Have you ever watched dolphins frolicking? Something is reassuring and peaceful about their playful antics. They seem to happily grin while leading carefree lives. We know that dolphins, like humans, are intelligent, and possess a strong sense of community. They are brave as well, as dolphins don’t turn tail (literally!) when threatened by predators like sharks. They fight back! For centuries many ancient cultures gave dolphins a special place in their legends, myth, and folklore. Let us explore the meaning of dolphin symbolism.

A dolphin poking his head above water and smiling.

Dolphins as a Symbol of Protection

To this day, seafaring cultures continue to value dolphins as a symbol of protection. Sailors of many nations consider a dolphin to be lucky, or a good omen. Often, this was for practical reasons, as pods of dolphins frequent shipping lanes and coastal areas where humans dwell. For the earliest seafarers, a dolphin would have been a welcome sight and sign that dry land wasn’t far away. Old sea dogs knew that dolphins following a ship was a good omen, as their boat was sure to reach harbor safely.

This kind-hearted nature can be traced back to at least one of many Greek myths. To Ancient Greeks, dolphins were hugely revered, showing up in countless ways as messengers, rescuers and more. But, how did dolphins come to be protectors?

An Ancient Greek tale speaks of Dionysus, best known as the God of Wine and Winemaking. The story tells us that as Dionysus approached adulthood, he wandered far and wide across the world. But, eventually, his heart called him back to Greece.

While returning to his homeland, Dionysus was set upon by pirates. To them, the Greek God appeared to be wealthy, and certainly worth a ransom to some rich noble. Smiling at their fortune, the pirates seized Dionysus and brought him onboard their ship. Unfortunately for the pirates, their thoughts of silver and gold were short-lived.

Whenever the buccaneers would try and tie the god up, their efforts would fail. Knots would slip and not hold their place. The rope would fray and break. With creeping horror, it dawned upon the pirates that only a powerful being, such as a god, could exert such power!

Dropping his bemused expression, the God of Wine confronted his would-be captors. Some say he turned their oars to snakes and viciously poisoned the sailors. Others suggest that Dionysus transformed into a lion, and savaged the evil men. As the pirates abandoned their ship, this son of Zeus curtailed his anger and became amused. He is said to have transformed the survivors into dolphins, and that their penance would be to help humanity ever after.

A pod of dolphins leaping above the waves!

Dolphins as a Symbol of Resurrection

Like the butterfly, dolphins are also seen as a symbol of resurrection. Sometimes, this can be a true rebirth. In other tales, they are ferriers of the dead, ensuring that souls safely reach a peaceful afterlife.

Going back to our Ancient Greek friends, we can learn that dolphins were responsible for bringing the recently deceased to the Islands of the Blessed. Also known as the Fortunate Isles, the purest of souls would be able to reside here in the afterlife with the heroes and heroines of Ancient Greek myth.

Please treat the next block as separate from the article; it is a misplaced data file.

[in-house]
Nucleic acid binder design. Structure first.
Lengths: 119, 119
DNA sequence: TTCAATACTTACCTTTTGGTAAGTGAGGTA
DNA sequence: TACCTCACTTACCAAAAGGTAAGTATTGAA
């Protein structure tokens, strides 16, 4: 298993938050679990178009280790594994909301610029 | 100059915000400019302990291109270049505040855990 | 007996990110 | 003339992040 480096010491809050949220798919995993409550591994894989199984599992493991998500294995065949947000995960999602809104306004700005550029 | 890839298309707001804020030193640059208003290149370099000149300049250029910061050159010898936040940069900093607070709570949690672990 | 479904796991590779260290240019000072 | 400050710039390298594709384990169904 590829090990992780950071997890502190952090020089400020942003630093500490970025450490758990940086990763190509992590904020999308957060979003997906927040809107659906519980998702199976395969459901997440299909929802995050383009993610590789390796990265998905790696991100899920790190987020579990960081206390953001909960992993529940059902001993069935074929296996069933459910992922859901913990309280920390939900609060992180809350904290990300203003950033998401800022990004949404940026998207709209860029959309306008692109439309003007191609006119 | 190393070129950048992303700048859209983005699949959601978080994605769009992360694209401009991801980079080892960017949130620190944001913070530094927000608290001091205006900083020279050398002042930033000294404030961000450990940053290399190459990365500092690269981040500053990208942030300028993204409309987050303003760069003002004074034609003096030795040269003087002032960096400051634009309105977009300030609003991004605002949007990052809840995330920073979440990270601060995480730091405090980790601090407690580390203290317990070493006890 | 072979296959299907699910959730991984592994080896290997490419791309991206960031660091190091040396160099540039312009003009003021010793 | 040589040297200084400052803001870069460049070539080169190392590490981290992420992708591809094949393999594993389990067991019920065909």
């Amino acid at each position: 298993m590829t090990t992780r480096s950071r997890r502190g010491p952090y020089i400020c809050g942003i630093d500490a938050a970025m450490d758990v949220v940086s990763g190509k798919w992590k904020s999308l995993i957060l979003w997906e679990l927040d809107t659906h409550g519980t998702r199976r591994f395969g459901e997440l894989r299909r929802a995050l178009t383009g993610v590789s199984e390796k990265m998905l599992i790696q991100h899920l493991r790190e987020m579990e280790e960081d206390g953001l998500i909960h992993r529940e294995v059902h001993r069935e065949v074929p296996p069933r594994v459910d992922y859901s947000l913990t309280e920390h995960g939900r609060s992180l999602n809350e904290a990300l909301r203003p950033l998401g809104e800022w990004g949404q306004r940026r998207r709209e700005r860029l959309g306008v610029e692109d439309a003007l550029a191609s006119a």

However, it may surprise you to learn it wasn’t just the Greeks who saw dolphins in this way! Early cultures believed dolphins to be a type of fish, so it was common for dolphins to be portrayed in early Christian symbolism. The simple image of a crudely drawn fish was an initial representation for Jesus Christ. By extension, dolphins were also viewed as a symbol of Christ, and would frequently show up in works of art like paintings, sculptures, and dolphin jewelry. A dolphin ring was one such favored early symbol of devotion.

An especially popular symbol of Early Christianity was a dolphin twisted around an anchor. This easily understood dolphin symbol speaks a powerful message by signifying the hope of eternal life. The anchor represents endurance, and the ability to persevere. The dolphin represents Jesus. It acts as an analogue for his crucifixion upon the cross. In this way, for Christians, Jesus Christ is the anchor of their faith.

Featured Image: What Do Dolphins Symbolize?

Dolphins as a Symbol of Grace

If you’ve ever had the joy of watching a pod of dolphins at play, then it’s easy to understand why they have long been valued for their gracefulness. There is a strong spirit of freedom present as we watch them jump and dive, splash and swim. The sleek form of a dolphin effortlessly glides through the water, going where he might please.

April 14 is Dolphin Day, but don’t we really love them all year ‘round? To this day, people seek to capture a bit of this gentle and playful nature in personal symbols, such as dolphin tattoos. It remains a popular choice, especially for women, but anyone who wants to embrace the joy and freedom of our intelligent friend the dolphin can’t go wrong with choosing dolphin jewelry.

What does the dolphin mean to you? Tell us in the comments below!